Japanese churches discuss minority issues

Some 200 people from more than 20 Japanese churches and minority right networks — as well as 20 overseas partner churches and organizations — gathered for a third international conference on minority issues and mission held 18-21 November at the Korean YMCA in Tokyo, Japan.

Dec 03, 2015

TOKYO: Some 200 people from more than 20 Japanese churches and minority right networks — as well as 20 overseas partner churches and organizations — gathered for a third international conference on minority issues and mission held 18-21 November at the Korean YMCA in Tokyo, Japan.

The conference, titled, "Let Us Overcome Hate Speech and Spread the Tent of Inclusivity," was hosted by the Korean Christian Church in Japan(KCCJ). Participants dialogued around the theme of "Together Toward a Just and Inclusive Society in Japan -– Justice and Inclusivity in Japan, in Partnership with all of Japan and the World."

KCCJ organized the conference because of the alarming rise of hate speech against the Korean ethnic community in Japan. At the same time, discriminatory hate crimes against ethnic and racial minorities are on the rise in different parts of the world and racism has once again found a prominent place in many of our societies.

Speaking of the significance of the conference in the life and witness of the KCCJ, the Rev. Kim Byungho, general secretary, said, “We hope this conference will provide an opportunity for the churches in Japan and the world to share our common concerns and build bridges of solidarity so that minority communities in Japan can fully realize and enjoy the fullness of life as citizens with equal rights, and it is the desire of the KCCJ to contribute to this ultimate goal."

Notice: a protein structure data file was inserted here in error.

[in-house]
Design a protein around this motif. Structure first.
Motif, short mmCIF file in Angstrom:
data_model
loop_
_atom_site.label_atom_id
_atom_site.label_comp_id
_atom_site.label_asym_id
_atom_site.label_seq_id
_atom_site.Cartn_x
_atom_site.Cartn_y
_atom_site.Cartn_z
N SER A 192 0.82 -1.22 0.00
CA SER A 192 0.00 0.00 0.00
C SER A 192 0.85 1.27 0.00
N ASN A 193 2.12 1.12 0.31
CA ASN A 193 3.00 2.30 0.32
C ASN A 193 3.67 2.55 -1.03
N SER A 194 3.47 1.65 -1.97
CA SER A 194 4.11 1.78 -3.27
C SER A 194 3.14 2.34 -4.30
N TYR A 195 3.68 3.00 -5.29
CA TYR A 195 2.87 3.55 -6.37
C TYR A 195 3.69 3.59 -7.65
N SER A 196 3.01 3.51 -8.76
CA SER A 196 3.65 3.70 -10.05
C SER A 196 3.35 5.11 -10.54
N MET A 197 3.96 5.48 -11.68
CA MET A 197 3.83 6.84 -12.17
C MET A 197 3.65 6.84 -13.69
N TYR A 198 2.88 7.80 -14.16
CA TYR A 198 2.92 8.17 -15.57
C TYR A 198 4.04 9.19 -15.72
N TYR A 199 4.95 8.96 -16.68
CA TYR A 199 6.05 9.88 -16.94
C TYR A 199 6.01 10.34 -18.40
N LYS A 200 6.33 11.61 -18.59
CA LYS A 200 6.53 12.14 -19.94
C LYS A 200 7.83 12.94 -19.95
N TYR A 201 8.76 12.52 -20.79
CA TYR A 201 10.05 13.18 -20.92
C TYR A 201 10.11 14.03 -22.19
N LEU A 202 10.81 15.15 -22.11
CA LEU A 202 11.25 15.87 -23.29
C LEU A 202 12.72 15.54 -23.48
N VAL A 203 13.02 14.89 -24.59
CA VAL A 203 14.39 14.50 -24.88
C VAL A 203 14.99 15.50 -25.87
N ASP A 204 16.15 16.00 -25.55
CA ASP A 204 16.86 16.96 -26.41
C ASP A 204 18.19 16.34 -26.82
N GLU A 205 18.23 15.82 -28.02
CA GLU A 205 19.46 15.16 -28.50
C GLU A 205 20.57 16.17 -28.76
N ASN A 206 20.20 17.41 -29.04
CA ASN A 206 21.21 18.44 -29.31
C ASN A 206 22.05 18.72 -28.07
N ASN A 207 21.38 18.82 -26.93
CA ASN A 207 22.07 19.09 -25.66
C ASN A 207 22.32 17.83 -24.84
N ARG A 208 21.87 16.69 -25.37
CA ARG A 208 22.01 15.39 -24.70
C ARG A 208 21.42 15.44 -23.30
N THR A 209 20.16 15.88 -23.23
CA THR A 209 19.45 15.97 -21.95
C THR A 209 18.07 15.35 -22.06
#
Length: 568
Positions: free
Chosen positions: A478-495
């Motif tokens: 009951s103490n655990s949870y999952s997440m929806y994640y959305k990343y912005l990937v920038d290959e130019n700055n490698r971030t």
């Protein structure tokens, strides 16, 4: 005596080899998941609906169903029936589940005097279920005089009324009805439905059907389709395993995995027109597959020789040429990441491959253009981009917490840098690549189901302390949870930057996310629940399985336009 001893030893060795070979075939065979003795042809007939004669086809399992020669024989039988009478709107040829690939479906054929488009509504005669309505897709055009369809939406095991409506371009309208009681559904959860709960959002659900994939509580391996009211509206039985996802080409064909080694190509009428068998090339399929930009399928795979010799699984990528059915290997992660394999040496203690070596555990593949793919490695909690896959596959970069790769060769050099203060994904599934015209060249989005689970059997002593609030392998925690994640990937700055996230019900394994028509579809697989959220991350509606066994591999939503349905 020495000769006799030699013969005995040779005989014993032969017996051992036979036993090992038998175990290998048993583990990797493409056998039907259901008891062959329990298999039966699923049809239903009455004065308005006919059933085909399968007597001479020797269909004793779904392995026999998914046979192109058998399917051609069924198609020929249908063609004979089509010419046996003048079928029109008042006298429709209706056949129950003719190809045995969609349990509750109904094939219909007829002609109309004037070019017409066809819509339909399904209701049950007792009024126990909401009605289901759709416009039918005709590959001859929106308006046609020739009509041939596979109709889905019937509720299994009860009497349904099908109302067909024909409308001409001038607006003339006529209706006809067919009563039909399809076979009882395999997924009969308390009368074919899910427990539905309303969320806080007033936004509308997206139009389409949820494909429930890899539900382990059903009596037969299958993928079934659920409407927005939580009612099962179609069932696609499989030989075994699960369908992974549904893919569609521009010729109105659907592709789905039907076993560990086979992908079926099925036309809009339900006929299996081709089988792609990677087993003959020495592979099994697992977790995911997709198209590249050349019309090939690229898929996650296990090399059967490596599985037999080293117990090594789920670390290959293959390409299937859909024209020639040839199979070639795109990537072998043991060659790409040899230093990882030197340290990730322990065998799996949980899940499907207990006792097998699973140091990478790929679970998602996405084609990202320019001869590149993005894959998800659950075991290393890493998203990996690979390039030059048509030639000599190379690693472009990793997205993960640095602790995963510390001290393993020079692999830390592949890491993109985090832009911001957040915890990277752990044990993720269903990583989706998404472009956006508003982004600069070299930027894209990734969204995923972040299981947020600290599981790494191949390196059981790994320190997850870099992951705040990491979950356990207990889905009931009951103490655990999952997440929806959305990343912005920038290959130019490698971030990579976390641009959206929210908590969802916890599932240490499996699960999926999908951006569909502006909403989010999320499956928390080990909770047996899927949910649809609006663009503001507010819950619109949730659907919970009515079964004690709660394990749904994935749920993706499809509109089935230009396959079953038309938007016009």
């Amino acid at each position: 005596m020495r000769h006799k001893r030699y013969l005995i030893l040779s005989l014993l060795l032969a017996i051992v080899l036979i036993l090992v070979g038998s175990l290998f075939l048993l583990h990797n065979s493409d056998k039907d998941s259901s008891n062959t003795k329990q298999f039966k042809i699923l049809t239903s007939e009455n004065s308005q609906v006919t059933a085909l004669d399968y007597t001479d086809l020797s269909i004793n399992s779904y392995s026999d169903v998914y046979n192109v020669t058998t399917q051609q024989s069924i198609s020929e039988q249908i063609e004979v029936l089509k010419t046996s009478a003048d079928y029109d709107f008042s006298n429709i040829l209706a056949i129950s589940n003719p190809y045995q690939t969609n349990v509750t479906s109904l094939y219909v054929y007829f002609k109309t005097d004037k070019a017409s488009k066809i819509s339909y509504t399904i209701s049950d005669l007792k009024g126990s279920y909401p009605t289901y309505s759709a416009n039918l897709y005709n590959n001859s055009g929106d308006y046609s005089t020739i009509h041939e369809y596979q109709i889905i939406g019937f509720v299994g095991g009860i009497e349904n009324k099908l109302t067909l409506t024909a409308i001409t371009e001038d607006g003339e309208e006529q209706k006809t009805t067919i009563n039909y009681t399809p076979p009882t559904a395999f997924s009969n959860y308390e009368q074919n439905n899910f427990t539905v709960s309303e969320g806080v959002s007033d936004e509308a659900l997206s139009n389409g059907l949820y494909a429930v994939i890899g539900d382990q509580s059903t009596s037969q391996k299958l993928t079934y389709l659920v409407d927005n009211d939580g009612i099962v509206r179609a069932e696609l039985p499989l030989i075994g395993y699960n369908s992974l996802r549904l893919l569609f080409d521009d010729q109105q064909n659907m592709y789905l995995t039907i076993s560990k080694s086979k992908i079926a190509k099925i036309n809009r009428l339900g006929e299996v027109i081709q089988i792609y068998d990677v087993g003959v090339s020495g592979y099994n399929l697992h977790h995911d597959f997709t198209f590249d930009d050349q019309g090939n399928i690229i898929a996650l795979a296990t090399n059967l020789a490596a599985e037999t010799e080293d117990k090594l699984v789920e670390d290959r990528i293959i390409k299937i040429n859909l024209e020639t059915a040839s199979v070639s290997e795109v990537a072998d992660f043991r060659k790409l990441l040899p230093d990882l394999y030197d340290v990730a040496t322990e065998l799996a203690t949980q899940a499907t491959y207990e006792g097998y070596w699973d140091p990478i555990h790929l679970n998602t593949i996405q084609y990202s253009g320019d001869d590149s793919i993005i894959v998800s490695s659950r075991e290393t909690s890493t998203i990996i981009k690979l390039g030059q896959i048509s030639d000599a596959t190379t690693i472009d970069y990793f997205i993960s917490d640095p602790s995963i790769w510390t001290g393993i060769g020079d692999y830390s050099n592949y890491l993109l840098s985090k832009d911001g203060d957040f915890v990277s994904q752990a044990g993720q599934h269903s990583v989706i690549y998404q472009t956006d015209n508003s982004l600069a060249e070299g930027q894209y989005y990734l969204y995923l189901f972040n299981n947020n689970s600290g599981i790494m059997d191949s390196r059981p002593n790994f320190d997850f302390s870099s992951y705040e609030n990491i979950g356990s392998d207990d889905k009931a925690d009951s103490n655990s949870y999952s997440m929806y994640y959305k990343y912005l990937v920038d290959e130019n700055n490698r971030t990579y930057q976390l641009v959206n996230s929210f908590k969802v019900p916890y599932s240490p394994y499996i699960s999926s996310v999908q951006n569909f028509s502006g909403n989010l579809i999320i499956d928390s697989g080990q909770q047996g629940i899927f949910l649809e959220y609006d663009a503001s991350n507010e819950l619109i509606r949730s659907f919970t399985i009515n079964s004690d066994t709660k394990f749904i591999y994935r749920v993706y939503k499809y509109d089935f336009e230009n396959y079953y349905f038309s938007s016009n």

The main conference was preceded by a two-day youth programme in which 24 youth from 14 churches and organizations in Japan and from overseas partner churches learned about the challenges faced by minority communities in Japan.

Conference participants talked about ways to engage the world church on this issue and also considered the possibility of creating an international network on the issues of racism and hate crimes.

Participants issued a statement at the conclusion of the conference in which they "confirmed that the Christian church must seek the path of peace that clearly opposes the path toward armament and war, and the path toward construction of an inclusive society in which peace and welfare are shared with all people, and that for this we must hear the call of Jesus Christ in the cries of minorities."--Standard Newswire

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